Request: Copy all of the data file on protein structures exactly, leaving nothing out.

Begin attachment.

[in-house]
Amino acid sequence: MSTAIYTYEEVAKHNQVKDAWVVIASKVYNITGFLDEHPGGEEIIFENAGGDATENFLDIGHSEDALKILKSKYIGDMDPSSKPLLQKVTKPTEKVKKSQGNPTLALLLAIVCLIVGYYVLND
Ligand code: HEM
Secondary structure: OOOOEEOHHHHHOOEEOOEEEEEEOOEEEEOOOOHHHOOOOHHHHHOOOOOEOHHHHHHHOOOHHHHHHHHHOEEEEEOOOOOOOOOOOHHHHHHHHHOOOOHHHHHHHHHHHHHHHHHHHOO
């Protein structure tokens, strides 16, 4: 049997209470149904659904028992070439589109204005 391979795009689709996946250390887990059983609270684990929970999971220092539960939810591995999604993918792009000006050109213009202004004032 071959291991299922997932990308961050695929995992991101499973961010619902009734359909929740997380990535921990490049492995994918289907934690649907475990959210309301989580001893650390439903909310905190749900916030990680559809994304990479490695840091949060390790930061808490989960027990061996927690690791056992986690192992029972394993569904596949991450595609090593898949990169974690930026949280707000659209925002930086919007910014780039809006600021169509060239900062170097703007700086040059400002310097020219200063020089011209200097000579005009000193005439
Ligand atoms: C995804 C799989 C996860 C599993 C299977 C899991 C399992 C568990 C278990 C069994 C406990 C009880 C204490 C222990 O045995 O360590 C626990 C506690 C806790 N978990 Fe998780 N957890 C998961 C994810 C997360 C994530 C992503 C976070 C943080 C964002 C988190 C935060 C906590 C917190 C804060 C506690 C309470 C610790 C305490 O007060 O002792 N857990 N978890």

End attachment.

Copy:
[in-house]
Amino acid sequence: MSTAIYTYEEVAKHNQVKDAWVVIASKVYNITGFLDEHPGGEEIIFENAGGDATENFLDIGHSEDALKILKSKYIGDMDPSSKPLLQKVTKPTEKVKKSQGNPTLALLLAIVCLIVGYYVLND
Ligand code: HEM
Secondary structure: OOOOEEOHHHHHOOEEOOEEEEEEOOEEEEOOOOHHHOOOOHHHHHOOOOOEOHHHHHHHOOOHHHHHHHHHOEEEEEOOOOOOOOOOOHHHHHHHHHOOOOHHHHHHHHHHHHHHHHHHHOO
């Protein structure tokens, strides 16, 4: 049997209470149904659904028992070439589109204005 391979795009689709996946250390887990059983609270684990929970999971220092539960939810591995999604993918792009000006050109213009202004004032 071959291991299922997932990308961050695929995992991101499973961010619902009734359909929740997380990535921990490049492995994918289907934690649907475990959210309301989580001893650390439903909310905190749900916030990680559809994304990479490695840091949060390790930061808490989960027990061996927690690791056992986690192992029972394993569904596949991450595609090593898949990169974690930026949280707000659209925002930086919007910014780039809006600021169509060239900062170097703007700086040059400002310097020219200063020089011209200097000579005009000193005439
Ligand atoms: C995804 C799989 C996860 C599993 C299977 C899991 C399992 C568990 C278990 C069994 C406990 C009880 C204490 C222990 O045995 O360590 C626990 C506690 C806790 N978990 Fe998780 N957890 C998961 C994810 C997360 C994530 C992503 C976070 C943080 C964002 C988190 C935060 C906590 C917190 C804060 C506690 C309470 C610790 C305490 O007060 O002792 N857990 N978890």